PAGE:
Sawflies can cause serious damage to your garden. These pests in their larvae stage feed on leaves, leaving only the veins when they are done. Adults live for only about two weeks but they mate and lay enough eggs in the tissues of plants to continue their cycle of destruction.
But how can you get rid of these pests? First, you need to know what sawflies are.
What are Sawflies?
Sawflies are insects closely related to bees and wasps. As adults, they are very inconspicuous with bodies measuring about 1/5 of an inch. Though they look like wasps or bees, sawflies do not sting. Adults usually have black and red coloration while sawflies in their larvae stage display various colors depending on their species. They also have 4 distinct wings.
The pear sawfly (Caliroa cerasi) is common both in the Unites States as well as Canada. Like most sawflies, its larvae looks like hairless caterpillars. They feed on flowering pear, plum, and cherry plants.
The larvae in its youngest stages is elongated and looks very much like a slug. As it matures, however, it begins to resemble a moth caterpillar. Sawflies in the larvae stage are much bigger than their adult counterparts, usually measuring about ½ inch on average.
When you see leaves in your garden that are almost completely transparent, with only their veins remaining, you can almost bet it’s the work of sawflies. You may notice larvae on the edges of leaves feeding on your plants while adult sawflies feed on pollen or nectar. In some cases, you might also notice caterpillar-like creatures in the fruits your garden plants produce. The fruits will have a scared appearance and ooze fluid.
How to Treat a Sawfly Infestation
On the occasion that a sawfly infestation occurs in your garden, you will need to apply different measures depending on the type of sawfly present. Some of the best measures include the following:
- Inspect garden regularly for signs of sawflies
Since larvae often appear during late spring, it is best to begin your inspection from around May. Be sure to inspect trees and garden plants regularly to increase the likelihood of spotting sawflies early as this will make it possible for you to eradicate them with less effort.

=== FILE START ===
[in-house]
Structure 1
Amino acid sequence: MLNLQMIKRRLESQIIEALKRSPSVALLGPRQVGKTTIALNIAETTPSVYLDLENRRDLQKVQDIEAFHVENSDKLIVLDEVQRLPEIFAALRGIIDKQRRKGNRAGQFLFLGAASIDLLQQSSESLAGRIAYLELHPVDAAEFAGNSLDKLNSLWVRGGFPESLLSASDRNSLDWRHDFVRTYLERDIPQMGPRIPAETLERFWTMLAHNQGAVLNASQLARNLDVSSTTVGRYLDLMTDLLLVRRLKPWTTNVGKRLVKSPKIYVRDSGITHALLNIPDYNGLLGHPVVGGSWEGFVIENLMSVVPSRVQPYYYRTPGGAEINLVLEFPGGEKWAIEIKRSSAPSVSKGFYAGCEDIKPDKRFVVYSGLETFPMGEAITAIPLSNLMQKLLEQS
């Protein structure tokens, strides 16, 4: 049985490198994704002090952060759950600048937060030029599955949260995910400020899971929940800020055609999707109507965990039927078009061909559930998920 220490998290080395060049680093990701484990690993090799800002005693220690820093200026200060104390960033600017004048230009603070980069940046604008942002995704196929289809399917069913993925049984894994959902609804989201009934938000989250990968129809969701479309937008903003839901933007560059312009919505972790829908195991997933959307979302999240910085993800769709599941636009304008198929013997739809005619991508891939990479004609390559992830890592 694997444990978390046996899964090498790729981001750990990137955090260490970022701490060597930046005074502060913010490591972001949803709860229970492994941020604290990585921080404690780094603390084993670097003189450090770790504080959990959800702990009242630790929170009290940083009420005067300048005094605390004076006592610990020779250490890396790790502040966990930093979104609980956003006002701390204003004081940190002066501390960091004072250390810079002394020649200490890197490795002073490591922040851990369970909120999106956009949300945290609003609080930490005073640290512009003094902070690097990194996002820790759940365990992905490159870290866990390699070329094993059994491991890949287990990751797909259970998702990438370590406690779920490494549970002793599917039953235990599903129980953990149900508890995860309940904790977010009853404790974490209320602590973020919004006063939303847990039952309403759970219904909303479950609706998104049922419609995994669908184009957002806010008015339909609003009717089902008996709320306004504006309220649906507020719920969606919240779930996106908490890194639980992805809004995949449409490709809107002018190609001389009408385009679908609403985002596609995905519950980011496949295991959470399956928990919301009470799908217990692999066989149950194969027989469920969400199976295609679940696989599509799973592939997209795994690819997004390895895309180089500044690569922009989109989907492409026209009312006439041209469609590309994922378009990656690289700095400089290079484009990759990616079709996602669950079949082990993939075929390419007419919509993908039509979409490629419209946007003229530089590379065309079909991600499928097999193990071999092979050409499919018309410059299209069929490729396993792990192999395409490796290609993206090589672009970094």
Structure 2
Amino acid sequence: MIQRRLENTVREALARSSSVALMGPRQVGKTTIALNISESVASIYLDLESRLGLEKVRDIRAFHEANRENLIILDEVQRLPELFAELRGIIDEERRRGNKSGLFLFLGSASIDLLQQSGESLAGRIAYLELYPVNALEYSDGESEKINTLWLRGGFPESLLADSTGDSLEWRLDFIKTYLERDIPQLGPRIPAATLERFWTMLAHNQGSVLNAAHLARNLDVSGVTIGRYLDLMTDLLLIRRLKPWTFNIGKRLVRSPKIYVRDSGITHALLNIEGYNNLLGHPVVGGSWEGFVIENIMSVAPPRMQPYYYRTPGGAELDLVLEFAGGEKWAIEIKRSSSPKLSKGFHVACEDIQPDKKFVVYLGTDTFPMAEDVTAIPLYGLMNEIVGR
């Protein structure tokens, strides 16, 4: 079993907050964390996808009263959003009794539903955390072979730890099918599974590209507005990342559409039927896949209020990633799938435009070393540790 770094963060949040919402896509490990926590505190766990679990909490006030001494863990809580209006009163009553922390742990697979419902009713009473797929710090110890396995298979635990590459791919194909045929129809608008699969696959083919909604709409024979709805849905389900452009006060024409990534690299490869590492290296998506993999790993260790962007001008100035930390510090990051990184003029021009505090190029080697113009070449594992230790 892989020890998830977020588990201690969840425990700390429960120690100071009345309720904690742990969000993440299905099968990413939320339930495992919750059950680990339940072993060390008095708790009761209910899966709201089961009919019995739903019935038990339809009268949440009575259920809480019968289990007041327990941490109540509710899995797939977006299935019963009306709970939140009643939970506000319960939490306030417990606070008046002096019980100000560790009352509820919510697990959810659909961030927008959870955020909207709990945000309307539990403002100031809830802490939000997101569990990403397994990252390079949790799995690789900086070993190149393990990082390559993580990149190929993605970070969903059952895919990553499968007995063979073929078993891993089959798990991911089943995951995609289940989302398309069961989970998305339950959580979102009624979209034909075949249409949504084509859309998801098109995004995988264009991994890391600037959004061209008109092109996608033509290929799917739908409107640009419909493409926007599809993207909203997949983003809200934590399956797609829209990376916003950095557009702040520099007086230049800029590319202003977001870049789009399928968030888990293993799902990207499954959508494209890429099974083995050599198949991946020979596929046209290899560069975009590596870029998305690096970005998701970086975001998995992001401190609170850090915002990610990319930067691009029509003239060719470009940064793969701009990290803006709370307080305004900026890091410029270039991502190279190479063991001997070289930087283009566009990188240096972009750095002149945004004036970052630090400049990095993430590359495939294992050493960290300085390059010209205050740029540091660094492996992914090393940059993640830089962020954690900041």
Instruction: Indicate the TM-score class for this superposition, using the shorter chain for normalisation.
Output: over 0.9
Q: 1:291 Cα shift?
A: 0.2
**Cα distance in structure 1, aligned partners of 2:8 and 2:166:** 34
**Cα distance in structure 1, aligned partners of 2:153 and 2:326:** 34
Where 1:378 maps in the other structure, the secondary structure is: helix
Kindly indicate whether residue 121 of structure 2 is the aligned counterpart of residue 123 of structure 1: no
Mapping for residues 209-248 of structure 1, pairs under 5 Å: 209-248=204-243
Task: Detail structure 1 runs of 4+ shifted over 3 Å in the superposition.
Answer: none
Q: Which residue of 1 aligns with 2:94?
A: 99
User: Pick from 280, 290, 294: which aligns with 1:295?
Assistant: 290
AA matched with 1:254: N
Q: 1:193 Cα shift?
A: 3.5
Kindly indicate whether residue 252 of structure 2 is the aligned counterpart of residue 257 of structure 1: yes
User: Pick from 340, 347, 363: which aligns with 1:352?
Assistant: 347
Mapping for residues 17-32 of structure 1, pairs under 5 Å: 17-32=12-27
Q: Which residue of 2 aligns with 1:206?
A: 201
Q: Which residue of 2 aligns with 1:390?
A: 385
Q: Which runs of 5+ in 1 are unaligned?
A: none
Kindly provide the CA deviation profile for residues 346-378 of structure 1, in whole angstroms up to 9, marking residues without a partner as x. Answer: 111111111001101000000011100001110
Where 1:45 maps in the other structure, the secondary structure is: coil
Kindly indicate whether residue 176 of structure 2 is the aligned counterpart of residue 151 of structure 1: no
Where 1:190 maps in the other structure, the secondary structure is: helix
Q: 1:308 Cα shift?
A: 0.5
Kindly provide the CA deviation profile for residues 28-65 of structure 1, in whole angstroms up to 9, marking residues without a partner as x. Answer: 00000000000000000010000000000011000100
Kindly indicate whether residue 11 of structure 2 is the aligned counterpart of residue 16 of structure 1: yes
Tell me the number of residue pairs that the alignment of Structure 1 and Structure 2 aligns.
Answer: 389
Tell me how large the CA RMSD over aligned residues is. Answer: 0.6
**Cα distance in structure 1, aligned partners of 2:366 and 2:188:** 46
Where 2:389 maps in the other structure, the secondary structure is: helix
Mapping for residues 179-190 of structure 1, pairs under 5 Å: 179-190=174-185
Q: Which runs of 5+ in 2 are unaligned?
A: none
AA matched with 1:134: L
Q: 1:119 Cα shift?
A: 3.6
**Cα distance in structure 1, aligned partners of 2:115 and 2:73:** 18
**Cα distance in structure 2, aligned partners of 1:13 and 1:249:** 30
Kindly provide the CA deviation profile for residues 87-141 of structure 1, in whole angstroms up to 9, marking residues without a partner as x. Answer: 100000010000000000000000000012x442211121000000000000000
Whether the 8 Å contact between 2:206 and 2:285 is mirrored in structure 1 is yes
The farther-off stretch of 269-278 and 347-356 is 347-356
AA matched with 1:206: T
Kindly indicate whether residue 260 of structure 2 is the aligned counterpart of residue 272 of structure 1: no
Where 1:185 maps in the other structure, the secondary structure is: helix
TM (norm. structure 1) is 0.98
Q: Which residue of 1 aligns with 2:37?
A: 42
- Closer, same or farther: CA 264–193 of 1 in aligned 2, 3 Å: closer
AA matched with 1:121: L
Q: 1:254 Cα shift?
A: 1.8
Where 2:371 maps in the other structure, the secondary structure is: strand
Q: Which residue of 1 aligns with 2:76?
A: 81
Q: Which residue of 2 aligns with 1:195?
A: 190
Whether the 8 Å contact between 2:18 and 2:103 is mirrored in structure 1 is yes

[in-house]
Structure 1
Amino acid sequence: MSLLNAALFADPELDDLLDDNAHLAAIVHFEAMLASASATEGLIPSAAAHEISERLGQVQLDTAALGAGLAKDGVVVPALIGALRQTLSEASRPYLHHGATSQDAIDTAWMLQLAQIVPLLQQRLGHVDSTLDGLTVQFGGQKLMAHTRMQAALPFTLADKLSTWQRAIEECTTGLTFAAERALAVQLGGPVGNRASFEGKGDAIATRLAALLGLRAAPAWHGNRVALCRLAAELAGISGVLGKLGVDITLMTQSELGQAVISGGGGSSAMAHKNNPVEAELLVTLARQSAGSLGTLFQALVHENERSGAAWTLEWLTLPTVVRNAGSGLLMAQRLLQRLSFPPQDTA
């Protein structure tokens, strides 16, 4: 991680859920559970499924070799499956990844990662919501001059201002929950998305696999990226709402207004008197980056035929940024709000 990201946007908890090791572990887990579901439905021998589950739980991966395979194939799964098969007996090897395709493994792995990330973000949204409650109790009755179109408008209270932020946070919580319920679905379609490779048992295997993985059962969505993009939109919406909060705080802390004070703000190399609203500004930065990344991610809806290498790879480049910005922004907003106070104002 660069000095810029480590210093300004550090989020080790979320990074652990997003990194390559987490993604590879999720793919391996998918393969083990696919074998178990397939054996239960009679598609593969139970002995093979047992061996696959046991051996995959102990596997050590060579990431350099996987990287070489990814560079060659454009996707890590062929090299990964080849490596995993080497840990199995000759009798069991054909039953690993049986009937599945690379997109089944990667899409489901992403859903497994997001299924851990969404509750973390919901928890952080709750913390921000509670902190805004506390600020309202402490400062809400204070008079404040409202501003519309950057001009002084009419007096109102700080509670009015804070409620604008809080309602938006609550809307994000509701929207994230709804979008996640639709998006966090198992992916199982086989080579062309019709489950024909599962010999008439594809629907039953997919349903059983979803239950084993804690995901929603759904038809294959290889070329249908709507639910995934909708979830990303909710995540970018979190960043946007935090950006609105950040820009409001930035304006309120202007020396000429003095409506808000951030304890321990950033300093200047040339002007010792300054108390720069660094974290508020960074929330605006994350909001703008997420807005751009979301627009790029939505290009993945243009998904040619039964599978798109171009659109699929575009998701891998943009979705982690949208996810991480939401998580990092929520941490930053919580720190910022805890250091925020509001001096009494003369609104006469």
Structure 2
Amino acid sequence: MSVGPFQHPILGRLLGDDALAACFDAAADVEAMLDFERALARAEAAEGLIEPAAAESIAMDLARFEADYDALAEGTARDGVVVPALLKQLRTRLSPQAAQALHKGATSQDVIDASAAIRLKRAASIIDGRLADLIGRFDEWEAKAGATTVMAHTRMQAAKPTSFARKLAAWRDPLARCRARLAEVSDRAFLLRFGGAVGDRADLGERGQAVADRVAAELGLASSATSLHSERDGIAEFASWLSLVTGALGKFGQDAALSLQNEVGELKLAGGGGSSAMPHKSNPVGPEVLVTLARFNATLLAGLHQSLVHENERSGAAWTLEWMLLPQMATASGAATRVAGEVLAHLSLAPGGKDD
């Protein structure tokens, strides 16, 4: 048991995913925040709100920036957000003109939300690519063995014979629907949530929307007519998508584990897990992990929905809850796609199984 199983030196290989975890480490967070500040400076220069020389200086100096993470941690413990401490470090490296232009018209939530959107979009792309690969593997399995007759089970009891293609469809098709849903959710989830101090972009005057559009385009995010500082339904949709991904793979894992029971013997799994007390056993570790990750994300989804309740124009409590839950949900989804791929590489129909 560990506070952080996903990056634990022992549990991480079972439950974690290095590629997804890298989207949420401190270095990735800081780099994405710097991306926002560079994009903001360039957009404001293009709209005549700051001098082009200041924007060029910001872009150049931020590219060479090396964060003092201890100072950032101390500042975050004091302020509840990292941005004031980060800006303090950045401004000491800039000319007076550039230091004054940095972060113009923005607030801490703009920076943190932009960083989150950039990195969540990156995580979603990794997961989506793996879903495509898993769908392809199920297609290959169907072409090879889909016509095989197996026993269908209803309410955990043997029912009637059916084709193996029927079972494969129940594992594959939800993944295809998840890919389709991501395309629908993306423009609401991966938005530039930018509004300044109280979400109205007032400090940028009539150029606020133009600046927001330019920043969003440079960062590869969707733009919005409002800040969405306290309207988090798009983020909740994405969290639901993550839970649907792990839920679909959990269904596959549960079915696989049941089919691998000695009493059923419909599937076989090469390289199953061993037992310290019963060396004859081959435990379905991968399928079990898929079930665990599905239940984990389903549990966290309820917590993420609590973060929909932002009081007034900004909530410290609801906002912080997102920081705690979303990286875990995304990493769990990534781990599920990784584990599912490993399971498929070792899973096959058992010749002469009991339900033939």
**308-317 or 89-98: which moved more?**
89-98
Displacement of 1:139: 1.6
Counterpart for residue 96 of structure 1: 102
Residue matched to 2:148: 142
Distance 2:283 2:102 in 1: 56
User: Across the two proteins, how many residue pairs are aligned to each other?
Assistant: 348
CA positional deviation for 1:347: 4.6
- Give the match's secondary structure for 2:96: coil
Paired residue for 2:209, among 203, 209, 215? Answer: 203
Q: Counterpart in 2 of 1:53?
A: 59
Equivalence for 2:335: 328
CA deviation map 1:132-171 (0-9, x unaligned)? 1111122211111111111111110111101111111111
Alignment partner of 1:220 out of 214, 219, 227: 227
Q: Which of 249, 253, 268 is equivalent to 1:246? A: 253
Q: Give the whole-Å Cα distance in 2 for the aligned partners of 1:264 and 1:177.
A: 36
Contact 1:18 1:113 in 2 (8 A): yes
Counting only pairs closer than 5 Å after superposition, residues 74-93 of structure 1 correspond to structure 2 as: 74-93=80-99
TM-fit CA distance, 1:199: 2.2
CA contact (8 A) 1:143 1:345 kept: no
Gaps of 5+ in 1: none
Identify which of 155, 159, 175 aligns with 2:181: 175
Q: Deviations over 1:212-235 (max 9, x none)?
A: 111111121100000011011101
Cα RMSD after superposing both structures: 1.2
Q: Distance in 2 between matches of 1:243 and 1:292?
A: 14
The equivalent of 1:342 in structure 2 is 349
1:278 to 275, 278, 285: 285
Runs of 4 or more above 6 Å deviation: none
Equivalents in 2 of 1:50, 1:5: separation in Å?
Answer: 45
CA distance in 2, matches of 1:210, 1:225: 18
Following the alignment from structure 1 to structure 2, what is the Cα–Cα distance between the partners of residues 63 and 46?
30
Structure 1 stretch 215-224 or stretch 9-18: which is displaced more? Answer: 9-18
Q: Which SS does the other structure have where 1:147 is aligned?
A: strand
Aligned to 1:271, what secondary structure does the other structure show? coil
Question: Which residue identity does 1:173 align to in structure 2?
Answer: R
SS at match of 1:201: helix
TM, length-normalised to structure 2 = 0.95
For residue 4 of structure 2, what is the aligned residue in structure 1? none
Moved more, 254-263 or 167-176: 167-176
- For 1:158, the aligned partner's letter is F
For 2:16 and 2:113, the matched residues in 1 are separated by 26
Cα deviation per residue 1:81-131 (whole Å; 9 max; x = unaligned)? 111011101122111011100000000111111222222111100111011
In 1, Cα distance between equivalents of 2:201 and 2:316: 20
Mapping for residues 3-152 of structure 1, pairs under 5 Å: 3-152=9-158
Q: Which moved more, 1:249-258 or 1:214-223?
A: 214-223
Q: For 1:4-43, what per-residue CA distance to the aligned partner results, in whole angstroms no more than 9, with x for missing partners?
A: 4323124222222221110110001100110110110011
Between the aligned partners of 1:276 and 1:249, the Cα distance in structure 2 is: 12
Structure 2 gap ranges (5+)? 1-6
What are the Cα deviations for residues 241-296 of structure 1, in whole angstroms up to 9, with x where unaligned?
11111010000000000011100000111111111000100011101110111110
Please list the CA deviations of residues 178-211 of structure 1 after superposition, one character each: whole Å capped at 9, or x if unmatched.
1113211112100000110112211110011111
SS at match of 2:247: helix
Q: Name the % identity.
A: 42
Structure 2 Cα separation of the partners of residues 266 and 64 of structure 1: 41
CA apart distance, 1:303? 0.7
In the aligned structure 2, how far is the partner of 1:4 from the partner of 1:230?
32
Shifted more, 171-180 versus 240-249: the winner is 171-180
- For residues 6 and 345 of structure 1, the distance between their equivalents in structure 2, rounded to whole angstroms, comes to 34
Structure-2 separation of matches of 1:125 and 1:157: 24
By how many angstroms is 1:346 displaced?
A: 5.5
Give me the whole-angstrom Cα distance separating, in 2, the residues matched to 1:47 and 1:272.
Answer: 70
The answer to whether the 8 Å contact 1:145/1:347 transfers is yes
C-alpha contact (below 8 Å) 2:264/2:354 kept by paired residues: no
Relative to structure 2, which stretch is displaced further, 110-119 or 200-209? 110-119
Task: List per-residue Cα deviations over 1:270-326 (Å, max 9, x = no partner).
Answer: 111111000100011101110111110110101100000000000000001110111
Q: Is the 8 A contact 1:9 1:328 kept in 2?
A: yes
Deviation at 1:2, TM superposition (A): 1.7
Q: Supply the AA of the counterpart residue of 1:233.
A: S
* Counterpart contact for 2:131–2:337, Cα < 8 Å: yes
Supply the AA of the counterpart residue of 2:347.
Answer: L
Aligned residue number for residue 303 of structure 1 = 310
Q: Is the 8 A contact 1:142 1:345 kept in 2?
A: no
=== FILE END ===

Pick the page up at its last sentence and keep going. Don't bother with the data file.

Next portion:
- Remove larvae by hand to reduce damage to plants
If you spot larvae on leaves, especially in the early stages of an infestation, remove them by hand. Sawfly slugs usually feed in groups and at this stage will not be too difficult to remove since they’ll be limited in number.
Be sure to wear gloves if you are squeamish around insects, though. Also, note that when disturbed sawfly larvae make an S-shape. They will curl into this shape, raising their rear ends in the process. There is little need to fear though as they do not bite.
- Relocate damaged plants to open areas where predators can feed on young sawflies
If possible, for instance in the case of potted plants, relocate plants affected by sawfly larvae into an area free of excess trees and branches. Once these plants are in an open area, birds will be able to access a delectable meal as they swoop down to eat your garden pests.
Other predators such as wasps and beetles will also enjoy eating these pests, depending on the type of sawfly present and the life cycle stage it is in.
- Use chemicals to reduce sawfly population if serious infestation occurs
Chemicals are known to be an effective solution for sawflies. Infestation should best be treated by a professional however as pest control experts will be able to access the seriousness of the infestation as well as determine the type (s) of sawflies present. The treatment methods they suggest will, therefore, be best suited to address your specific pest problem.
How to Prevent Sawflies from Damaging Plants in your Garden
The average sawfly pest will not cause serious damage to your garden unless the right conditions are present for an infestation. To reduce your risk, apply the following preventative measures:
- Keep your garden in good condition
Sawflies are most likely to cause serious problems in your garden where weak or untreated plants are present. Address this issue by taking steps to ensure your plants are healthy.
- Take care of plants that are newly transferred or planted
Young or tender plants are more susceptible to sawfly damage than mature plants. For this reason, place special attention on meeting the needs of the most vulnerable plants in your garden.
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